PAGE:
A brand new boot floor was also fitted and colour-matched to the exterior. There’s nothing in here, but it immediately evoked a ‘wow’ from me when Jason opened the boot lid.
For all its exterior – and interior as you’ll soon find out – subtleties, this is more than just a cosmetic restoration.
If you talk to Jason for longer than, say, 30 seconds, you know that there was never going to be anything other than a Toyota engine in here.
It’s a proper setup too, featuring a high-revving 20-valve 4A-GE ‘Black Top’ motor making around 185hp. In a car that weights 900kg, and with such immediate throttle response, you can bet your ass it moves too.
I won’t regurgitate the spec list, it’s laid out in-detail below, but it’s a pretty impressive engine.
One of the most appealing aspects of the build, for me at least, was the originality inside the car. Save for the Nardi wheel and vital gauges, it’s a completely standard interior.
No mismatched seats in here or a half-stripped interior. It makes me smile that it takes an original interior to be, uh, original these days.The First Of Many
Unfortunately, we couldn’t escape the rain. Fortunately, we were both too involved in the KE70 to notice or to care.
We continued our tour around the sights of Mitchelstown, Co. Cork to much attention from the locals. It’s rare that a car attracts such a positive amount of attention from all generations, but I guess that’s the reward for a car that’s done right. That even those who don’t really know, can still appreciate it.
In a world saturated with big-budget builds, it’s builds like this that continue to inspire me. This is a car built with a far more valuable commodity than money too.
It’s built with time.
Even on this day where the sun never shined, there stood a blue Corolla that deserves its place in the spotlight. I’ll make no apologies for trying to do so either. When a car reaches out and grabs you like this does, despite all previous allegiances or dispositions, I think it deserves to be shouted about from the roof tops.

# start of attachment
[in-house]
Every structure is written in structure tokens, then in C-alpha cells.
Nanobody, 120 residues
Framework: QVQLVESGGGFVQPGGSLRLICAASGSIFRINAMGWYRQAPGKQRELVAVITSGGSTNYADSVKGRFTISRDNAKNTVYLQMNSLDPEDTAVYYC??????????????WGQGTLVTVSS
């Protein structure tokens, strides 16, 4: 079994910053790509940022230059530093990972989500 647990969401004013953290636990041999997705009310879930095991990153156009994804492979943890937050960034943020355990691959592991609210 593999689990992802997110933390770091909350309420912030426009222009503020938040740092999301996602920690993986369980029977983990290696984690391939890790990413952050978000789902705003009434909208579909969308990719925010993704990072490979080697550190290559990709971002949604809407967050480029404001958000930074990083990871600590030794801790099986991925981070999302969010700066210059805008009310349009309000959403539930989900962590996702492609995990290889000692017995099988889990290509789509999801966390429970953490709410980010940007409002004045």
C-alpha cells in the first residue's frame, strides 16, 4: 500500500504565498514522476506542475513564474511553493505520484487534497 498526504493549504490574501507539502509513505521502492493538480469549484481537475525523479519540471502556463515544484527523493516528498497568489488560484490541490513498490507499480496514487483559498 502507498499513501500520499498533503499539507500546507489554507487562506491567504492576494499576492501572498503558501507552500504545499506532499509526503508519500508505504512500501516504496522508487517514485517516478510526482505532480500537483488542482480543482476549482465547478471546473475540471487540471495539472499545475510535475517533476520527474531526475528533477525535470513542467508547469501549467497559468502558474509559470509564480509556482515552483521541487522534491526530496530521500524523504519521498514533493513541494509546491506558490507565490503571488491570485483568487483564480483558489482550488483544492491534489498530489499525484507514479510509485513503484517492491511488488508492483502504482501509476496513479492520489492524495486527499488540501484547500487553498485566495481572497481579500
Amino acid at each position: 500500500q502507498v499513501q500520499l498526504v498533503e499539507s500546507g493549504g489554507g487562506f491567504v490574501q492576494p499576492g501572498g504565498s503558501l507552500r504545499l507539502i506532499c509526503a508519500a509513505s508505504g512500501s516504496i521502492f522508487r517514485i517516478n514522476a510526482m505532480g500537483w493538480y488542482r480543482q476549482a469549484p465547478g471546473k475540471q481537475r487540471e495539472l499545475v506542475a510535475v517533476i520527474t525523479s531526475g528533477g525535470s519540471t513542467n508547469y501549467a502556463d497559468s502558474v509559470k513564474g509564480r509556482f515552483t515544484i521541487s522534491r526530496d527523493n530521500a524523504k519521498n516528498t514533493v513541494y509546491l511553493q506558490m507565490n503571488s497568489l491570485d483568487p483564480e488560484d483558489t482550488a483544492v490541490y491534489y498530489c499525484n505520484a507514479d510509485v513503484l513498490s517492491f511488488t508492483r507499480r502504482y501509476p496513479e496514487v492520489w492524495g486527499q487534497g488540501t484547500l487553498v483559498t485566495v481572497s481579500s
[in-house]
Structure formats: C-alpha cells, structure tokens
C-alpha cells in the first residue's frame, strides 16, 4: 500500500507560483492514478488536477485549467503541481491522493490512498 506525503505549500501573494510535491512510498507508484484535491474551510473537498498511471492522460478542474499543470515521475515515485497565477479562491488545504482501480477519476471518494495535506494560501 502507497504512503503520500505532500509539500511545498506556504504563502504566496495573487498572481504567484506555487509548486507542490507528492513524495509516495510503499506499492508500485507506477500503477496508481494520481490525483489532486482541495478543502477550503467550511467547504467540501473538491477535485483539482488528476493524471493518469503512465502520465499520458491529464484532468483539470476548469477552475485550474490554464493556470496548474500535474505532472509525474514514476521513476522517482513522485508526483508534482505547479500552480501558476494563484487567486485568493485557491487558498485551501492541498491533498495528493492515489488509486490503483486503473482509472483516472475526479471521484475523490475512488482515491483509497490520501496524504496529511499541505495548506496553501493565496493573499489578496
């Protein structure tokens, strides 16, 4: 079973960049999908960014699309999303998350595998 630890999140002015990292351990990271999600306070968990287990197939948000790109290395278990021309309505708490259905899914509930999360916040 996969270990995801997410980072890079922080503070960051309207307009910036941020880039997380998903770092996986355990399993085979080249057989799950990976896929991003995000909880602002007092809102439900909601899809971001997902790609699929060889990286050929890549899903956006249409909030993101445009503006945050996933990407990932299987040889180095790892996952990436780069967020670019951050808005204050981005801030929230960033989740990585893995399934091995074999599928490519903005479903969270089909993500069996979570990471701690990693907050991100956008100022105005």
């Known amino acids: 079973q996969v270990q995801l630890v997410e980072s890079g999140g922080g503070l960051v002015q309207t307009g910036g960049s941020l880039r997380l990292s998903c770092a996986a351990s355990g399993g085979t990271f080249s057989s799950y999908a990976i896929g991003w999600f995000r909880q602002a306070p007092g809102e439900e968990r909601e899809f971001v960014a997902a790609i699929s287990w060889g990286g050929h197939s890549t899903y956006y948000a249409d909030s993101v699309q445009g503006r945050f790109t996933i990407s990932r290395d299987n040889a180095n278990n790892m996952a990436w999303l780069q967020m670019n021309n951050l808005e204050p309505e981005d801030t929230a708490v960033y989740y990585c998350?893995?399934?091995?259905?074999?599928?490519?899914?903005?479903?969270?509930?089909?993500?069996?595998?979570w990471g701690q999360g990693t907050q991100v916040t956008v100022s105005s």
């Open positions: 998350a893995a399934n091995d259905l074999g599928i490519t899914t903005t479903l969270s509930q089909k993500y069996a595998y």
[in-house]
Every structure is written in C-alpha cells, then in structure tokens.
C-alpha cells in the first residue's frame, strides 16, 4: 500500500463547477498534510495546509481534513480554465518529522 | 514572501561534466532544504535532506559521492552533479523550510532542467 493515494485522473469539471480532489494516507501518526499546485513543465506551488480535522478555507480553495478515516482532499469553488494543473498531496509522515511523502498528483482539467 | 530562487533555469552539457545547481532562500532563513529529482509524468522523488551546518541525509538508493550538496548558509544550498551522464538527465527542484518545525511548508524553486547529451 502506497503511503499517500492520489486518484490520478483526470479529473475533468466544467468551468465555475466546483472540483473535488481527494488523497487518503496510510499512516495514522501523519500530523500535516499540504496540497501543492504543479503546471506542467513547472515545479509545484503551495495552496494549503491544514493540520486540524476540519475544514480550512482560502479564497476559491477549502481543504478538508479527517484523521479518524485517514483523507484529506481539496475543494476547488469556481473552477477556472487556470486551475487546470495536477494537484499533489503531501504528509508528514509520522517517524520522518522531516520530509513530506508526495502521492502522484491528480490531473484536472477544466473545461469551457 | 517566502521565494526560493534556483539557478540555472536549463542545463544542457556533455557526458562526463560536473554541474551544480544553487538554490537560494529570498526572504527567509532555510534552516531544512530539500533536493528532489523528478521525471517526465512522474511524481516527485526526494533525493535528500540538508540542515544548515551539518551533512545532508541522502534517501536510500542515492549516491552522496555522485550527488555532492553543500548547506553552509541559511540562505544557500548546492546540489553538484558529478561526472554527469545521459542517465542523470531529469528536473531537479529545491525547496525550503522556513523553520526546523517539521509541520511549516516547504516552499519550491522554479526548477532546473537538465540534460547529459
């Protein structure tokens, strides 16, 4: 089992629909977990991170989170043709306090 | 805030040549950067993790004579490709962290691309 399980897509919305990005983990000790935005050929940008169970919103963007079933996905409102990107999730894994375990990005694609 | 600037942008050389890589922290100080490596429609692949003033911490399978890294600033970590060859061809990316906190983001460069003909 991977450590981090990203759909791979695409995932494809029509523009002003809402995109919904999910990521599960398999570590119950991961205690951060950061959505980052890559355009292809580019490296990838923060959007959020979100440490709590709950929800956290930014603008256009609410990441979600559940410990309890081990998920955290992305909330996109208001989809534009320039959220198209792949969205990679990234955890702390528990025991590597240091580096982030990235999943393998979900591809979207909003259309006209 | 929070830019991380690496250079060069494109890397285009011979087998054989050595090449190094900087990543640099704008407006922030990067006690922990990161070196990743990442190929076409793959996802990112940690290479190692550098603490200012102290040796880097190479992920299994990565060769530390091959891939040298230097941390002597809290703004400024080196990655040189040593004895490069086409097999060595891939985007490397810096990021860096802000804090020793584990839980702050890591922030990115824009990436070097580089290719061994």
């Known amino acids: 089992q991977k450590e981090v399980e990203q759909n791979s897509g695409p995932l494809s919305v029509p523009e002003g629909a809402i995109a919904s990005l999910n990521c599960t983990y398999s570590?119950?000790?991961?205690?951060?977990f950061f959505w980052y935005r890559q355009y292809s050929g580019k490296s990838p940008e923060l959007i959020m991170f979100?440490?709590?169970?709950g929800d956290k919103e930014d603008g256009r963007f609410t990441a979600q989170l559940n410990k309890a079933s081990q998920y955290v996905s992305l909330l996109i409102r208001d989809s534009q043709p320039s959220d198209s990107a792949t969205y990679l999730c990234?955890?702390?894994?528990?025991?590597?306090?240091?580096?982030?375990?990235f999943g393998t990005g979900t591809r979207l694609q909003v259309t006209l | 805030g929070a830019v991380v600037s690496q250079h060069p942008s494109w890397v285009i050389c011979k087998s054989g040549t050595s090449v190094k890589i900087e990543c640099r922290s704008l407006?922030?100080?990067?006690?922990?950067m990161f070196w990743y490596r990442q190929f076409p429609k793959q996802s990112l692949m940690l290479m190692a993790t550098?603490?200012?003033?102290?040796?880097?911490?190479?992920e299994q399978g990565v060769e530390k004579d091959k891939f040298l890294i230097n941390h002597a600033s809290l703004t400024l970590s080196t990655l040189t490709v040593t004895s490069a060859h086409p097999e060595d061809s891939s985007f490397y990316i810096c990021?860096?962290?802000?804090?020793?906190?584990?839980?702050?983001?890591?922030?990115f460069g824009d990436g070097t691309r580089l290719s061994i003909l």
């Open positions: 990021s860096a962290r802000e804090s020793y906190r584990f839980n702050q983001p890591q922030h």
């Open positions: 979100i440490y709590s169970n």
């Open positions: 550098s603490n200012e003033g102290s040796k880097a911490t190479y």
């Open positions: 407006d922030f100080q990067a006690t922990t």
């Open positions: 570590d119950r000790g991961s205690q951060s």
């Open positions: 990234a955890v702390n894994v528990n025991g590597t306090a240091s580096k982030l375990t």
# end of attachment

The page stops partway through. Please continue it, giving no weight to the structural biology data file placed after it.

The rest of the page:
This is a great car, and there’s not an over-fender in sight.
Jason McInerney’s Toyota Corolla KE70
Max Power: 185hp, Max Torque: 145lb-ft, Weight: 900kg (1984lb)
4A-GE 20-valve ‘Black Top’, Omex 600 engine management system mapped on engine dyno at Tom Casey Race Engines, fully CNC machined, ported & polished gas-flowed head with valves triple cut, Powercraft Tornado manifold, Cashiew Racing full exhaust, Toda cams, Toda cam gears, Toda 82mm oversized pistons, Toda timing belt, ACL race bearings, T3 water, alternator & crank lightweight aluminium pulleys, T3 75mm intake trumpets, RS Chita water line kit, SuperTech valve springs & retainers, Crower H-beam con-rods, ARP con-rod bolts, ARP flywheel bolts, Samco hoses, Koyo Racing radiator, Sard fuel pressure regulator, Cusco oil catch tank, TRD oil cap, TRD radiator cap, twin electric fans, full re-wire by Rally Looms in Waterford, Ireland
AE86 T50 gearbox with TRD short shifter, AE86 axle with TRD 2-way LSD & 4.7 CWP, Exedy Hyper clutch
Cusco strut brace, BC Racing coilovers front/rear, Blitz top-mount camber plates, Whiteline adjustable anti-roll bar, Battle Version NCRA, Nagisa Auto LCA, Nagisa Auto tension rods, Ueo Style inner & outer tie rods, custom pedal box with Girling cylinders & all stainless steel brake lines with Earl’s fittings, Comp Brake 4-pot front brakes
Hayashi Racing 14×8-inch ET-6 (front), 14×9-inch ET-19 (rear), Yokohama A539 tyres
Full respray in original blue, fibreglass front flared wings, custom steel flared rear arches, new chrome bumpers front/rear, Madhouse front splitter, new Toyota door & boot seals, new genuine rear lights, new side lights, new bumper indicator lights, new grill, Raybrig headlights, new badges
Factory cloth interior, Defi DIN cluster, Omori 10,000rpm tachometer, Nardi 330mm classic steering wheel, TRD gearknob